press release

The South London Gallery and Spike Island, Bristol, present a two-part solo exhibition by French artist Isabelle Cornaro. The SLG hosts an existing large-scale installation while the presentation at Spike Island focuses on new and recent work.

At the South London Gallery, Cornaro presents the sixth in the series of installations entitled Paysage avec poussin et témoins oculaires started in 2008. Each of these installations is loosely based on a classical landscape painting by the 17th-century artist Nicolas Poussin (1594-1665) created as three-dimensional interpretations using sets of pedestals and standing walls to display objects in meticulous arrangements. The objects are selected by Cornaro for their specific form or decoration. Grouping them by size, lines of perspective and for their light and shadow effects, she puts into question their aesthetic and cultural value. The clearly structured composition reinforces the illusion of perspective, allowing visitors to experience the work from different viewpoints whilst also being able to walk between the pedestals, encountering fragments of Cornaro’s constructed ‘landscape’.

To accompany this work in the SLG’s main space, Cornaro’s short films Figures (2011) and Premier rêve d'Oskar Fischinger (2008) will be shown in the first floor galleries.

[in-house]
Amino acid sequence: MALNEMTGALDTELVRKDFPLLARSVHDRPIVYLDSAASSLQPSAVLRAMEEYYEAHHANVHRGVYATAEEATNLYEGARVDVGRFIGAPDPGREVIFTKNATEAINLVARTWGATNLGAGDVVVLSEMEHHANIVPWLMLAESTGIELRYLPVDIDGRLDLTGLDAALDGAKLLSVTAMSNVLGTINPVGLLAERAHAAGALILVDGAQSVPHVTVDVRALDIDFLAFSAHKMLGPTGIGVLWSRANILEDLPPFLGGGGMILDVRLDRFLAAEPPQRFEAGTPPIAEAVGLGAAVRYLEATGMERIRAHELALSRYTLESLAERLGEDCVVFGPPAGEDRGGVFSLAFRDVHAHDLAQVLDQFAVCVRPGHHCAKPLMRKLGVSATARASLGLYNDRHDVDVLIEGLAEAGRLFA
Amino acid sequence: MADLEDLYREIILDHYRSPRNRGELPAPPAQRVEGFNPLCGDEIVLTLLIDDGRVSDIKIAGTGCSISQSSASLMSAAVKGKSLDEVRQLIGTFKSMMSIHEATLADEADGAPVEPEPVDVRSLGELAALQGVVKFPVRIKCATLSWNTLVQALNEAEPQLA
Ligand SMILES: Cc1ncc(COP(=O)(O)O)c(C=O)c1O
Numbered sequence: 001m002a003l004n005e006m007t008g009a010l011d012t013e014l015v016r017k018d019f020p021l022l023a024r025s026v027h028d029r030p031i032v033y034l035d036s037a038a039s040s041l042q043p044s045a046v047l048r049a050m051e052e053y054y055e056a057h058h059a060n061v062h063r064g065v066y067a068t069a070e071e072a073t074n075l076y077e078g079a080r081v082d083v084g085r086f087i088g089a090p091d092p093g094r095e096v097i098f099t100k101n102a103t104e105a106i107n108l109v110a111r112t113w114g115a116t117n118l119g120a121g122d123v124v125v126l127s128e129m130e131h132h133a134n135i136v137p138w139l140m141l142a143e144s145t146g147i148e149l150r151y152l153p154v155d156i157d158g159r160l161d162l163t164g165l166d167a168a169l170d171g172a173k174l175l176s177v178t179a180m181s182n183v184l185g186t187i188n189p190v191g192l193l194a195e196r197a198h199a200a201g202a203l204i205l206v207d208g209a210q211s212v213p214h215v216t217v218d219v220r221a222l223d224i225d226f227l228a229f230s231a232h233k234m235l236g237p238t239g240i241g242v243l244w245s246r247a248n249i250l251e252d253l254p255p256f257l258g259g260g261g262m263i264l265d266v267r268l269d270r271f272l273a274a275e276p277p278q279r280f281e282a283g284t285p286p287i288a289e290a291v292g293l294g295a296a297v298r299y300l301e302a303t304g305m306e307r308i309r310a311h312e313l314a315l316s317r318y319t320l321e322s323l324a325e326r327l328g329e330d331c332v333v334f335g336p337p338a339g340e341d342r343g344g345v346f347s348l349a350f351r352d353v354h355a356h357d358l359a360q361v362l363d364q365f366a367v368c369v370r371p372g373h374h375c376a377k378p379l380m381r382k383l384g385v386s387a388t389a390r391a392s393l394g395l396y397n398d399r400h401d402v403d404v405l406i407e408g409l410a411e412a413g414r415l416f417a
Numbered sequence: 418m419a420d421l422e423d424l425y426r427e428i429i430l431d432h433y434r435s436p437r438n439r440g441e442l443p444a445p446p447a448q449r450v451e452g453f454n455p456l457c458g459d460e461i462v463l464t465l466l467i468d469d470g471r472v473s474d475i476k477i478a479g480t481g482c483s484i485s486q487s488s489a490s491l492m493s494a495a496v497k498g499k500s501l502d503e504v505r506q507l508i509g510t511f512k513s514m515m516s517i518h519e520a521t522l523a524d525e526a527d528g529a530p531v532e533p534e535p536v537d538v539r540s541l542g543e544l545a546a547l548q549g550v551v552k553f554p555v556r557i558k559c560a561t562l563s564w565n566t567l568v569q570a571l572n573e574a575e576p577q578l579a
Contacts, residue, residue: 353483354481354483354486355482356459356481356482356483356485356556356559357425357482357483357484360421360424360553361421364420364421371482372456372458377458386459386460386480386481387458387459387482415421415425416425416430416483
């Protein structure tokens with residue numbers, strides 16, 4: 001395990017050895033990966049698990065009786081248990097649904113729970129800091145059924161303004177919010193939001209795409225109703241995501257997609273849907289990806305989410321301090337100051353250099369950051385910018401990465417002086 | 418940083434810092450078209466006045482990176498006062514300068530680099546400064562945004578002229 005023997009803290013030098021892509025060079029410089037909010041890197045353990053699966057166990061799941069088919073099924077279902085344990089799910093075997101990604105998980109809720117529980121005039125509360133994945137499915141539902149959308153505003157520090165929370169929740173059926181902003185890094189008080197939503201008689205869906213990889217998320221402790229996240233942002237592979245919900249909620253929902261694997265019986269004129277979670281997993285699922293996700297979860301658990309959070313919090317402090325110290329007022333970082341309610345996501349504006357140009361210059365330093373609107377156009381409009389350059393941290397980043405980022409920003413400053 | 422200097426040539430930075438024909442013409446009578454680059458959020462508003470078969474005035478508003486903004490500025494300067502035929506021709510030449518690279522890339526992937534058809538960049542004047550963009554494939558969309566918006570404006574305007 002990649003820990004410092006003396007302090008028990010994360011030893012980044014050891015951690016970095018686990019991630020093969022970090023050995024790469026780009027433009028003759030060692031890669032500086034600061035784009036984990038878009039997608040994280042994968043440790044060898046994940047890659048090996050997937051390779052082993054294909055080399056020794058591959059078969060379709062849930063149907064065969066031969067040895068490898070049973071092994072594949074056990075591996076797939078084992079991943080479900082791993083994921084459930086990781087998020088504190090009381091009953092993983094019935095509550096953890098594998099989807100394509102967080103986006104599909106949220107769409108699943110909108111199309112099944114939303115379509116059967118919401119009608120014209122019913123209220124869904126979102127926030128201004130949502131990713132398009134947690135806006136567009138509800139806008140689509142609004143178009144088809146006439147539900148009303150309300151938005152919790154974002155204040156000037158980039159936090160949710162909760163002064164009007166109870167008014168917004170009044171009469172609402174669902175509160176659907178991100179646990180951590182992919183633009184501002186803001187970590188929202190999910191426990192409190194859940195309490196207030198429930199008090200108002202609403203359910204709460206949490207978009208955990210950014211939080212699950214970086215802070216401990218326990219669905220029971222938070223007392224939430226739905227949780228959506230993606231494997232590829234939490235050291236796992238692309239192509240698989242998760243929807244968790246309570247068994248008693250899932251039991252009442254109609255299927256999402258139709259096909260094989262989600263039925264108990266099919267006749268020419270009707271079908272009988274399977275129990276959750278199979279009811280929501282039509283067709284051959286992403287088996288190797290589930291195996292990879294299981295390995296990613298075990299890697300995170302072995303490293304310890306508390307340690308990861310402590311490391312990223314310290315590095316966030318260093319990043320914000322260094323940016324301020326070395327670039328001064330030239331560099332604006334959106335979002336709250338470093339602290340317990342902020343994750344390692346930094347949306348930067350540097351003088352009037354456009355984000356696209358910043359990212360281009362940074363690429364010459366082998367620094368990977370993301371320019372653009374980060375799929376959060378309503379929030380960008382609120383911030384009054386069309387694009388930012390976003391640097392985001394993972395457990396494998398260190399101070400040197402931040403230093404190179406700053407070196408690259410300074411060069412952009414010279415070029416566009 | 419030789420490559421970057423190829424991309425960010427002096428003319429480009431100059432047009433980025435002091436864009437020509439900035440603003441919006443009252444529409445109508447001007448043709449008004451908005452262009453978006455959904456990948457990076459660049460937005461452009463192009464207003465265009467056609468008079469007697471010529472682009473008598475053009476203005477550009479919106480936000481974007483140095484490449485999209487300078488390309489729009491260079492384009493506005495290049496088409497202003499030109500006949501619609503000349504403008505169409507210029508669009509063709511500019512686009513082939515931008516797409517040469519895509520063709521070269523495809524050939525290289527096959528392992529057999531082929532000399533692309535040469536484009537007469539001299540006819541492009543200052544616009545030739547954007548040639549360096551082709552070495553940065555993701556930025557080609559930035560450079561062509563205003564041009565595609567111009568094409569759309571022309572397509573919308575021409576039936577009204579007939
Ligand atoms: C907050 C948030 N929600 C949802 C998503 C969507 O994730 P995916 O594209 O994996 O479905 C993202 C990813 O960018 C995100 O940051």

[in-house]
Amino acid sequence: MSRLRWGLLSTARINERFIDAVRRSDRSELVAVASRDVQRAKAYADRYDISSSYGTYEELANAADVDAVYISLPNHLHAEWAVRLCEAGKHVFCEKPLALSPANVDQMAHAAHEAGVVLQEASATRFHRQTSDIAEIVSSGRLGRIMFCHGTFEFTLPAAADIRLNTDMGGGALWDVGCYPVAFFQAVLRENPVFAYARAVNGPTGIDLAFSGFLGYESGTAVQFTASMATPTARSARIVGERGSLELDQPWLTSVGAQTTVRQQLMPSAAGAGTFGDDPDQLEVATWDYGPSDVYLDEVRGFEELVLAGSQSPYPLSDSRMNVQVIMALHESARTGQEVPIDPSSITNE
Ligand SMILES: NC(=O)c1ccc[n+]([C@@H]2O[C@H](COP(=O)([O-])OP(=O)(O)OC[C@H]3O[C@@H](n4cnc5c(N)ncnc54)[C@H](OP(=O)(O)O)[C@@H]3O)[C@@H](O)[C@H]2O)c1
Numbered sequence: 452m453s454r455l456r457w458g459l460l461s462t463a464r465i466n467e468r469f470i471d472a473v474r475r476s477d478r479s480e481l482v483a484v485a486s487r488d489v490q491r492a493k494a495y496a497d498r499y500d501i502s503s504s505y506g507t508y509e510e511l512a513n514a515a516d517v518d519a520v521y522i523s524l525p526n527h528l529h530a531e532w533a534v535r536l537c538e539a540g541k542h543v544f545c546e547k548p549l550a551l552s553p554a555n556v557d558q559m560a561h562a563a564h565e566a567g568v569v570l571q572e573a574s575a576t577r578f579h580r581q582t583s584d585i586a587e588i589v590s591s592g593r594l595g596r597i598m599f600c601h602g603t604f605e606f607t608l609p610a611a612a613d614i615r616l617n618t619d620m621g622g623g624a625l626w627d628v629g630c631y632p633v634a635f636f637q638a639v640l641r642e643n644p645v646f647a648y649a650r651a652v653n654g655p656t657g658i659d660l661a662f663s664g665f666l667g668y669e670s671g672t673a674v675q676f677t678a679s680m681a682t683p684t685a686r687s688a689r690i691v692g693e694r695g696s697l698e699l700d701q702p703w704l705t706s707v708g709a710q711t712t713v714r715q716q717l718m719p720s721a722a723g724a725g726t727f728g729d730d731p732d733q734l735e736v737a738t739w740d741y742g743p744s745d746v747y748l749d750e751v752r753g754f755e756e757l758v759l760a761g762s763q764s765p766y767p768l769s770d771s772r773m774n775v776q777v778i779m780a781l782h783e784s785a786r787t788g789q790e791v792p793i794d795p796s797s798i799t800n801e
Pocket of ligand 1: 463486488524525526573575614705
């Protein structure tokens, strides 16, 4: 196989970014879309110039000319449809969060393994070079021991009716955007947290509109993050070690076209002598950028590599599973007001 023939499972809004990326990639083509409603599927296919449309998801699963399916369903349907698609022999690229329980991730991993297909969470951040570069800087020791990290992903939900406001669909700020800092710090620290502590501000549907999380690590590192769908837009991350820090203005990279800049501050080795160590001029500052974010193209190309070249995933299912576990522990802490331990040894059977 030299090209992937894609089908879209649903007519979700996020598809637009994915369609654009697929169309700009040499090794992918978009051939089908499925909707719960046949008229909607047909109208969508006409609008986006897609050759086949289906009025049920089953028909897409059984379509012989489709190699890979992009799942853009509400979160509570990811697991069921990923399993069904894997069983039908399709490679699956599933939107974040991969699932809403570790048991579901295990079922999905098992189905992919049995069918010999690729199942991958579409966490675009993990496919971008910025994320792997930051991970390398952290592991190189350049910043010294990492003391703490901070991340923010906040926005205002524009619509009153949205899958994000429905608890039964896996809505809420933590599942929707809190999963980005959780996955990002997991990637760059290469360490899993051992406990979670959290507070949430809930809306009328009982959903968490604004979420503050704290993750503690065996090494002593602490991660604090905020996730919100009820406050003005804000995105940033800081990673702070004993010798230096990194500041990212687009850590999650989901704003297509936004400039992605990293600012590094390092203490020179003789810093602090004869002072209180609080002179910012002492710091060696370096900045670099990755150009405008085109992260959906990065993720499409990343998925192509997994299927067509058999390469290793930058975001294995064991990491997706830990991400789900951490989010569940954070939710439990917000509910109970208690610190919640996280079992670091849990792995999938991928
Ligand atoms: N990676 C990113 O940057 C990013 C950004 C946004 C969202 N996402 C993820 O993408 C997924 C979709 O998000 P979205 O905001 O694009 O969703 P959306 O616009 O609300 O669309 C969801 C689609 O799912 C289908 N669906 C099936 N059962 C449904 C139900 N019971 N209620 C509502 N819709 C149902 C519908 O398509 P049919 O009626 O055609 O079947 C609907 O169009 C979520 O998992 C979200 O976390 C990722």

Isabelle Cornaro works with painting, sculpture, film and installation, to explore the influence of history and culture on our perception of reality. As a trained art historian specialising in 16th-century European Mannerism, her visual language draws on a wide array of references from the Baroque to modernist abstraction. In her work Cornaro uses found objects imbued with symbolic potential or emotional value, which she presents in different types of display and media to reveal the subtle shifts of meaning provoked by processes of reproduction and translation.

Borrowed from domestic, decor­ative or functional contexts, these ­artefacts ­are often linked to Western culture ­as a means of power, their combination ­and a­rra­ngement in the a­rtist’s work inviting spect­ators to question the rela­tionships between systems of representa­tion ­and our understanding of the world.